LAYING A VITRIFIED CLAY PIPE.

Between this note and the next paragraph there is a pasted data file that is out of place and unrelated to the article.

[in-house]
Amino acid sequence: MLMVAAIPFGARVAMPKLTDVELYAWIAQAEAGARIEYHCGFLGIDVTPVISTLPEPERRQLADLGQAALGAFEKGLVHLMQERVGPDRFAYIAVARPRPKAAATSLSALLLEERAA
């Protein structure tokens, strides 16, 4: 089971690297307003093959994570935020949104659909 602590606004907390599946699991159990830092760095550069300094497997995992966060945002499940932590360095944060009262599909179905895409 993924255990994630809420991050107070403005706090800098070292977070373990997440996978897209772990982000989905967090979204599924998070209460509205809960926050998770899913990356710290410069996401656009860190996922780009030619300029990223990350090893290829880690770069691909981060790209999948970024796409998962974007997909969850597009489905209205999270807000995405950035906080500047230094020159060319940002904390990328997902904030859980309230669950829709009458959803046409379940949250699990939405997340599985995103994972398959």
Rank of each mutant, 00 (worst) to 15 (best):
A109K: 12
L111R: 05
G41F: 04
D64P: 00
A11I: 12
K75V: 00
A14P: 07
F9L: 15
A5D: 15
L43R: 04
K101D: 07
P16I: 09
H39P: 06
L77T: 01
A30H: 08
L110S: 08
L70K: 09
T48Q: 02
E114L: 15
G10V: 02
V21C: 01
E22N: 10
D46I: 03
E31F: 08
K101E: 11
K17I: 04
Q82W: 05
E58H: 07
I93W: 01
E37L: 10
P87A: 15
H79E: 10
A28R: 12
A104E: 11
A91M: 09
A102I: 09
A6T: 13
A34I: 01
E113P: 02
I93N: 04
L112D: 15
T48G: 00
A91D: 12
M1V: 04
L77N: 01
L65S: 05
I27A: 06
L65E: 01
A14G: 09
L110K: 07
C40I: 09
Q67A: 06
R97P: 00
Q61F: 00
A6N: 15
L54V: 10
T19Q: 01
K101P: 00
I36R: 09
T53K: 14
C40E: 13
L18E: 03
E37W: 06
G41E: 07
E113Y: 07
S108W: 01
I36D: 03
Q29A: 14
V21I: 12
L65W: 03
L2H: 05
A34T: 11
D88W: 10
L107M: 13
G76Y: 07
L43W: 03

Early in the season of 1900 the board of water commissioners, Hartford, Conn., decided to put in a conduit to carry the water in the canal between the reservoirs. This canal was an open one, and on account of leakage had become unreliable. It was considered necessary to bring the water in a conduit of large size, and after careful consideration of the class of pipe to be used vitrified clay was agreed upno. The contract was awarded the American Sewer Pipe company, of Pittsburg, Pa., for 16,000 feet of extra heavy vitrified clay pipe of twentyfour-inch diameter and three feet lengths. The illustrations show the pipe laid and a double curve, the sockets in the foreground ready for cement, and the line completed in the background. The other view shows the pipe in a ditch in a cut made through trap rock, with a cloth covering over the joints to prevent the cement setting too rapidly. The average pressure on the conduit is six pounds. After three years’ service the commissioners say the line is very satisfactory, as no leaks have occurred, and the conduit delivers more water than it was calculated to carry at the time it was planned. For conveying water under similar conditions as that stated above vitrified pipe may be relied upon, provided the necessary care is exercised in laying. In a number of places clay pipe has been used for waterworks conduits, and the engineers in charge have reported it met the requirements in each case.